There’s a reason health and beauty experts around the globe are always emphasising the importance of a good night’s sleep. Disruption of the circadian rhythm (sleep-wake cycle) has been cited as the cause of a variety of dermatologic conditions. Your skin is the largest organ and lack of sleep or disturbance in sleep schedule affects it the most. The skin contains circadian clock genes which play a role in the regulation of the circadian rhythm.

Our body repairs and recovers while we sleep. Mitosis is the process by which cells divide and repair and at least 6-8 hours of sleep is needed for your body to adequately recover. When you don’t get enough sleep, cortisol, which is a stress hormone alerts your body that something is wrong. A rise in cortisol levels can lead to skin inflammation and decrease wound healing function. Certain skin conditions considered inflammatory are psoriasis, eczema, and acne, all of which can flare up in reaction to poor sleep.

Your skin produces collagen when you sleep which is important to ensure that it stays healthy and youthful. Loss of collagen or a lack of adequate product can lead to skin sagging and loss of elasticity.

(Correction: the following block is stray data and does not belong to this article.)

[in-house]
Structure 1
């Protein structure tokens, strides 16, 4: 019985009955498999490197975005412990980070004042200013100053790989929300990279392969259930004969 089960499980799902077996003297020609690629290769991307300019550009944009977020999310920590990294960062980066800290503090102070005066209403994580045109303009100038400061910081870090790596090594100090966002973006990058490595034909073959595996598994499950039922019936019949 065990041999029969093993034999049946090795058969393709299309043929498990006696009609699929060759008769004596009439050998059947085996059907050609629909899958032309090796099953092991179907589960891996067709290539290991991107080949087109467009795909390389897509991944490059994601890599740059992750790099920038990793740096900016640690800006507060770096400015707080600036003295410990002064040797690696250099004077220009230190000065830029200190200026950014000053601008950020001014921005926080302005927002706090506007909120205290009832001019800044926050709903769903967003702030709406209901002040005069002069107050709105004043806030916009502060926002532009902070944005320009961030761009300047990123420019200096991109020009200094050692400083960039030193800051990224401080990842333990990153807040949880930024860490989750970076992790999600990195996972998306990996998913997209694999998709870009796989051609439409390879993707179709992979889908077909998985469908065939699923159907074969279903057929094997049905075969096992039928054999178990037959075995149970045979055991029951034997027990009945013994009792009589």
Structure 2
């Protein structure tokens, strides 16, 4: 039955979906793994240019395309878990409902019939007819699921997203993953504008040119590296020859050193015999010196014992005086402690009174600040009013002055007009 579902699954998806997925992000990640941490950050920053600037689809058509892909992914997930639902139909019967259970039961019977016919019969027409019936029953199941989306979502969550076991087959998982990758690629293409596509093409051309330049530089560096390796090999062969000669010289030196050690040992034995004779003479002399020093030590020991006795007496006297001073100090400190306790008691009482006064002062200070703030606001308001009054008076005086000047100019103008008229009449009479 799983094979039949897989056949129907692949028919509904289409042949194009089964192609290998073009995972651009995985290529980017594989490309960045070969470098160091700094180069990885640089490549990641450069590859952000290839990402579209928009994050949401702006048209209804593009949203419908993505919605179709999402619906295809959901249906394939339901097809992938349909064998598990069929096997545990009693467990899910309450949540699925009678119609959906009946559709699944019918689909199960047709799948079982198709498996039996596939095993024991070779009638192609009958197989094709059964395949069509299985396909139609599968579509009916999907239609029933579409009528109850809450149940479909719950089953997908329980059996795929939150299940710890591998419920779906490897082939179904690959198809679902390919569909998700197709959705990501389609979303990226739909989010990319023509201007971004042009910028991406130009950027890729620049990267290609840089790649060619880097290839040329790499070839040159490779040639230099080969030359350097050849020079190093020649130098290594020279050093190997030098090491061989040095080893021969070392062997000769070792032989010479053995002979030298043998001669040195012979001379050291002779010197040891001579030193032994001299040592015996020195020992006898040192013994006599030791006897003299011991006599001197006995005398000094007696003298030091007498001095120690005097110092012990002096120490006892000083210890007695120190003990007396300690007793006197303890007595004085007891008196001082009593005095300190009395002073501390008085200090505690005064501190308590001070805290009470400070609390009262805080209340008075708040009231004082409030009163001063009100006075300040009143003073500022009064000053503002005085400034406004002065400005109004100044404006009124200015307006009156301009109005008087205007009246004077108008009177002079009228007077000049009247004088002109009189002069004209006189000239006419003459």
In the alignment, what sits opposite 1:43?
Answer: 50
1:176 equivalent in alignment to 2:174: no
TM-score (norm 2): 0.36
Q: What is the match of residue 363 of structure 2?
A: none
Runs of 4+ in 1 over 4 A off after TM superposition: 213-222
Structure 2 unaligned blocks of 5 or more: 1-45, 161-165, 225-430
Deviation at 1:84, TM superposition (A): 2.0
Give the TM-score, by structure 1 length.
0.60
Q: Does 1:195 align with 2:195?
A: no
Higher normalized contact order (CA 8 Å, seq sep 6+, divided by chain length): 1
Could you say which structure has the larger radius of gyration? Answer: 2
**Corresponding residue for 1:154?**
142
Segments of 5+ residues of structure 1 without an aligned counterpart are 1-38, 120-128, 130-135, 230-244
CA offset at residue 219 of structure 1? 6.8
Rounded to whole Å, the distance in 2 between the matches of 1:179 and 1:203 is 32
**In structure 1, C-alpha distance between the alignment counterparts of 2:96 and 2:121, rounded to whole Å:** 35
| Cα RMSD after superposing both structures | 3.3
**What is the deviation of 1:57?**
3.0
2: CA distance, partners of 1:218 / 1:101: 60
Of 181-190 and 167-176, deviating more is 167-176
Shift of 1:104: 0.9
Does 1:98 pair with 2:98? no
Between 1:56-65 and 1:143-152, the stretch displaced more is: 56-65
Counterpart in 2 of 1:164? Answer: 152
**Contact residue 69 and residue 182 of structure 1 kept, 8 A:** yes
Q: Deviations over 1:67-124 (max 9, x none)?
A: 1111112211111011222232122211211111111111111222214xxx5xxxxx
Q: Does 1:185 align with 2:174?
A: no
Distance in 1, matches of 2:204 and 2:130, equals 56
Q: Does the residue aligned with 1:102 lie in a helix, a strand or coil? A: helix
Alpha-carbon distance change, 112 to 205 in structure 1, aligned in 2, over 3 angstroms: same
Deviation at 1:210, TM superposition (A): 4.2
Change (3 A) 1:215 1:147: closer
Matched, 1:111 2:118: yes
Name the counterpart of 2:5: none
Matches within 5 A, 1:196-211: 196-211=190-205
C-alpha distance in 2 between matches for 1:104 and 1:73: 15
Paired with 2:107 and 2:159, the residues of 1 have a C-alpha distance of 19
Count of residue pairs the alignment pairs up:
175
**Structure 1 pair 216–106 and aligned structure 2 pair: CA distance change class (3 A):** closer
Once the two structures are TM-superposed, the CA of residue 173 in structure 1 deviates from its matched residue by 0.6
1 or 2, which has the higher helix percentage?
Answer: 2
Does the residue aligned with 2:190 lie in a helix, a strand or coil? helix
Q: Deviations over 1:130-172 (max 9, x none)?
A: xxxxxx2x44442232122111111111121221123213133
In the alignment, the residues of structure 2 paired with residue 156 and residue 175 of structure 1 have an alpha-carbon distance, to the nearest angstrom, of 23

• Make sure your last meal is at least 3 hours before you sleep.
  • Build a healthy sleep routine of 6 - 8 hours where you sleep and wake up at approximately the same time everyday.
  • Regular exercise improves your sleep quality by releasing endorphins which trigger pain relief and positive feelings.
  • Drink plenty of water throughout the day for optimum hydration and flush out toxins, reduce redness and itchiness.
  • Meditation for a few minutes everyday creates a feeling of calmness, positivity and relaxation, giving your skin a glow from within.
  • A dark, cool room makes for the ideal sleeping condition and can help you drift off to sleep faster.
  • Use breathable cotton sheets and wash them regularly so they don’t collect dust mites and bacteria.
  • Using essential oils like lavender and palmarosa can help relax and induce sleep.


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